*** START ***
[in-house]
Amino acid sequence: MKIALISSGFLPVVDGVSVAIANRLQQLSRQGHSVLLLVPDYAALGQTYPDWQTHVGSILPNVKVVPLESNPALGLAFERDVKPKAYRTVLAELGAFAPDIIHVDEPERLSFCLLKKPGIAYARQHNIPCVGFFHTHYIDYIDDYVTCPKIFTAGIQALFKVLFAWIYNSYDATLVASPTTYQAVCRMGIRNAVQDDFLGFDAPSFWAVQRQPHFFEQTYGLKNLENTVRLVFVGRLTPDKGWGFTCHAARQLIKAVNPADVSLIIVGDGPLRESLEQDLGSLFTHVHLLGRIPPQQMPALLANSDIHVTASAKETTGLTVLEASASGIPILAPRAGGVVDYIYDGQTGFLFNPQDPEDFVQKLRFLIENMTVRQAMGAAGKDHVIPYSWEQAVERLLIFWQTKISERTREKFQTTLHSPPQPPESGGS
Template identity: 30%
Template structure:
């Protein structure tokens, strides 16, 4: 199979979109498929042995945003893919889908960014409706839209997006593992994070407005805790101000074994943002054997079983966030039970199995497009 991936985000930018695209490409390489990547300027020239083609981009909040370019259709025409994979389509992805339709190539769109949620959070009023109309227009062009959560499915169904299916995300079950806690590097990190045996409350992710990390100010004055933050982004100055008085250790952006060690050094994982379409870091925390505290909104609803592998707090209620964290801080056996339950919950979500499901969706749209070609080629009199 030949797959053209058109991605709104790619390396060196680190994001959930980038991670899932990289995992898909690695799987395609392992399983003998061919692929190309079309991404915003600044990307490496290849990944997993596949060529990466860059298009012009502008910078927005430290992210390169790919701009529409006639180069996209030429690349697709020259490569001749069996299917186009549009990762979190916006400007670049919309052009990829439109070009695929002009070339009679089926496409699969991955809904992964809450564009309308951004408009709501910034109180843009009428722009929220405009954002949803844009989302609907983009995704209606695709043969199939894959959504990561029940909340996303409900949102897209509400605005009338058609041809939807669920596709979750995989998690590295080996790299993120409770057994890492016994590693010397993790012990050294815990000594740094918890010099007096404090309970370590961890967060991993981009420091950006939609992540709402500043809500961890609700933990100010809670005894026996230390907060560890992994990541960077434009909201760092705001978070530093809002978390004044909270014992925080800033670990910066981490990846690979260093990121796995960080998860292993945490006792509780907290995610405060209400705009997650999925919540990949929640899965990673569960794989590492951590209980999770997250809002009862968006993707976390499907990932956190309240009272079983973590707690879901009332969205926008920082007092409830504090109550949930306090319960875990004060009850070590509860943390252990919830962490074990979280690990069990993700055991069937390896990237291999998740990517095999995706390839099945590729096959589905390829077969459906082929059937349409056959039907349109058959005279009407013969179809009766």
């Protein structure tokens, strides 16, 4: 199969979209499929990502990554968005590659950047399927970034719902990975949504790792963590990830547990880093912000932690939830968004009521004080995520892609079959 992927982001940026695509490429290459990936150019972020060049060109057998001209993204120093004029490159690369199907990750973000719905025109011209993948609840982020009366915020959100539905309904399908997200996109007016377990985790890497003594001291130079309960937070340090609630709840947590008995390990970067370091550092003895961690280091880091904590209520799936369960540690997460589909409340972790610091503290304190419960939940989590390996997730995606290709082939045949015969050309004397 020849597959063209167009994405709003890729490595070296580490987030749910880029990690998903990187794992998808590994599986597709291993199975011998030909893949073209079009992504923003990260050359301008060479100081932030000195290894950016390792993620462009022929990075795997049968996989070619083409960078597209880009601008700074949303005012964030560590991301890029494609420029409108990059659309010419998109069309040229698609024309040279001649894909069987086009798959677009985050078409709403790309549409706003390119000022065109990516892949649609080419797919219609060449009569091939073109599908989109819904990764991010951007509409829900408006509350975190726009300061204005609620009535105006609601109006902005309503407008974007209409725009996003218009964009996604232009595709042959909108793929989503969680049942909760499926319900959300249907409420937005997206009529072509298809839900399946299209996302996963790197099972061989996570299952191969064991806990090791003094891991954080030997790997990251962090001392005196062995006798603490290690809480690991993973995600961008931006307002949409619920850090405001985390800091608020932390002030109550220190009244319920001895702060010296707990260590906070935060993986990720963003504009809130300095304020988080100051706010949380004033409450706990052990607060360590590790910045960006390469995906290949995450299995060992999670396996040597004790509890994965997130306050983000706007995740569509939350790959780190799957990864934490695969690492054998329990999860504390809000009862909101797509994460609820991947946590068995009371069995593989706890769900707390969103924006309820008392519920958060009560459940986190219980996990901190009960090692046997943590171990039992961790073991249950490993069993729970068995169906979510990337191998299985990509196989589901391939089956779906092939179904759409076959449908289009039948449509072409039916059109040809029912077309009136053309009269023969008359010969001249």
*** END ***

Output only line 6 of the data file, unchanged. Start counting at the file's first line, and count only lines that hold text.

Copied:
């Protein structure tokens, strides 16, 4: 199969979209499929990502990554968005590659950047399927970034719902990975949504790792963590990830547990880093912000932690939830968004009521004080995520892609079959 992927982001940026695509490429290459990936150019972020060049060109057998001209993204120093004029490159690369199907990750973000719905025109011209993948609840982020009366915020959100539905309904399908997200996109007016377990985790890497003594001291130079309960937070340090609630709840947590008995390990970067370091550092003895961690280091880091904590209520799936369960540690997460589909409340972790610091503290304190419960939940989590390996997730995606290709082939045949015969050309004397 020849597959063209167009994405709003890729490595070296580490987030749910880029990690998903990187794992998808590994599986597709291993199975011998030909893949073209079009992504923003990260050359301008060479100081932030000195290894950016390792993620462009022929990075795997049968996989070619083409960078597209880009601008700074949303005012964030560590991301890029494609420029409108990059659309010419998109069309040229698609024309040279001649894909069987086009798959677009985050078409709403790309549409706003390119000022065109990516892949649609080419797919219609060449009569091939073109599908989109819904990764991010951007509409829900408006509350975190726009300061204005609620009535105006609601109006902005309503407008974007209409725009996003218009964009996604232009595709042959909108793929989503969680049942909760499926319900959300249907409420937005997206009529072509298809839900399946299209996302996963790197099972061989996570299952191969064991806990090791003094891991954080030997790997990251962090001392005196062995006798603490290690809480690991993973995600961008931006307002949409619920850090405001985390800091608020932390002030109550220190009244319920001895702060010296707990260590906070935060993986990720963003504009809130300095304020988080100051706010949380004033409450706990052990607060360590590790910045960006390469995906290949995450299995060992999670396996040597004790509890994965997130306050983000706007995740569509939350790959780190799957990864934490695969690492054998329990999860504390809000009862909101797509994460609820991947946590068995009371069995593989706890769900707390969103924006309820008392519920958060009560459940986190219980996990901190009960090692046997943590171990039992961790073991249950490993069993729970068995169906979510990337191998299985990509196989589901391939089956779906092939179904759409076959449908289009039948449509072409039916059109040809029912077309009136053309009269023969008359010969001249």